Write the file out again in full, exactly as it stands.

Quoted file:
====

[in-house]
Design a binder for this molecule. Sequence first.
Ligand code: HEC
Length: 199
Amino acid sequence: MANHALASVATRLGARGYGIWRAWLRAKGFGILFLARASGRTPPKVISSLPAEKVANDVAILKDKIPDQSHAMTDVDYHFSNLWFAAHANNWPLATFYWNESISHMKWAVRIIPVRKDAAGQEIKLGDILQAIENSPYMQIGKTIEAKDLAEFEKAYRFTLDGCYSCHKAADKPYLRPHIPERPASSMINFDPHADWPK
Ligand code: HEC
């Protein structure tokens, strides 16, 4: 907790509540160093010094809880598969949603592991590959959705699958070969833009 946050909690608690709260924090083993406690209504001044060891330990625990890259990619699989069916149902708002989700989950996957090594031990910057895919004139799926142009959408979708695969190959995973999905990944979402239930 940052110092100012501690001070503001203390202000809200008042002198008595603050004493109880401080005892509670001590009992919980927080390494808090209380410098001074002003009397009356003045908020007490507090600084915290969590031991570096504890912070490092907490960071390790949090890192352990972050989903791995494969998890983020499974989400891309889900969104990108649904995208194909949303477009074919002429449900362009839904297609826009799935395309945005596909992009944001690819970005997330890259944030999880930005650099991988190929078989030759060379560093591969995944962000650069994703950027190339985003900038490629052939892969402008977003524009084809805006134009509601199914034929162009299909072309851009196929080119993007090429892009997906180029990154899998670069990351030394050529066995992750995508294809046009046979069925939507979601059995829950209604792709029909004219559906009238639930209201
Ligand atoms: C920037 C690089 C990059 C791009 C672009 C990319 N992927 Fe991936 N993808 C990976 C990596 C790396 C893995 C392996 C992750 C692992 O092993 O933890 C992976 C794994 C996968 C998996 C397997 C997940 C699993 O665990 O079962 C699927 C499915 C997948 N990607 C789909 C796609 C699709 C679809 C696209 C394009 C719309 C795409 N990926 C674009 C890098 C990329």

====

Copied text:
[in-house]
Design a binder for this molecule. Sequence first.
Ligand code: HEC
Length: 199
Amino acid sequence: MANHALASVATRLGARGYGIWRAWLRAKGFGILFLARASGRTPPKVISSLPAEKVANDVAILKDKIPDQSHAMTDVDYHFSNLWFAAHANNWPLATFYWNESISHMKWAVRIIPVRKDAAGQEIKLGDILQAIENSPYMQIGKTIEAKDLAEFEKAYRFTLDGCYSCHKAADKPYLRPHIPERPASSMINFDPHADWPK
Ligand code: HEC
């Protein structure tokens, strides 16, 4: 907790509540160093010094809880598969949603592991590959959705699958070969833009 946050909690608690709260924090083993406690209504001044060891330990625990890259990619699989069916149902708002989700989950996957090594031990910057895919004139799926142009959408979708695969190959995973999905990944979402239930 940052110092100012501690001070503001203390202000809200008042002198008595603050004493109880401080005892509670001590009992919980927080390494808090209380410098001074002003009397009356003045908020007490507090600084915290969590031991570096504890912070490092907490960071390790949090890192352990972050989903791995494969998890983020499974989400891309889900969104990108649904995208194909949303477009074919002429449900362009839904297609826009799935395309945005596909992009944001690819970005997330890259944030999880930005650099991988190929078989030759060379560093591969995944962000650069994703950027190339985003900038490629052939892969402008977003524009084809805006134009509601199914034929162009299909072309851009196929080119993007090429892009997906180029990154899998670069990351030394050529066995992750995508294809046009046979069925939507979601059995829950209604792709029909004219559906009238639930209201
Ligand atoms: C920037 C690089 C990059 C791009 C672009 C990319 N992927 Fe991936 N993808 C990976 C990596 C790396 C893995 C392996 C992750 C692992 O092993 O933890 C992976 C794994 C996968 C998996 C397997 C997940 C699993 O665990 O079962 C699927 C499915 C997948 N990607 C789909 C796609 C699709 C679809 C696209 C394009 C719309 C795409 N990926 C674009 C890098 C990329």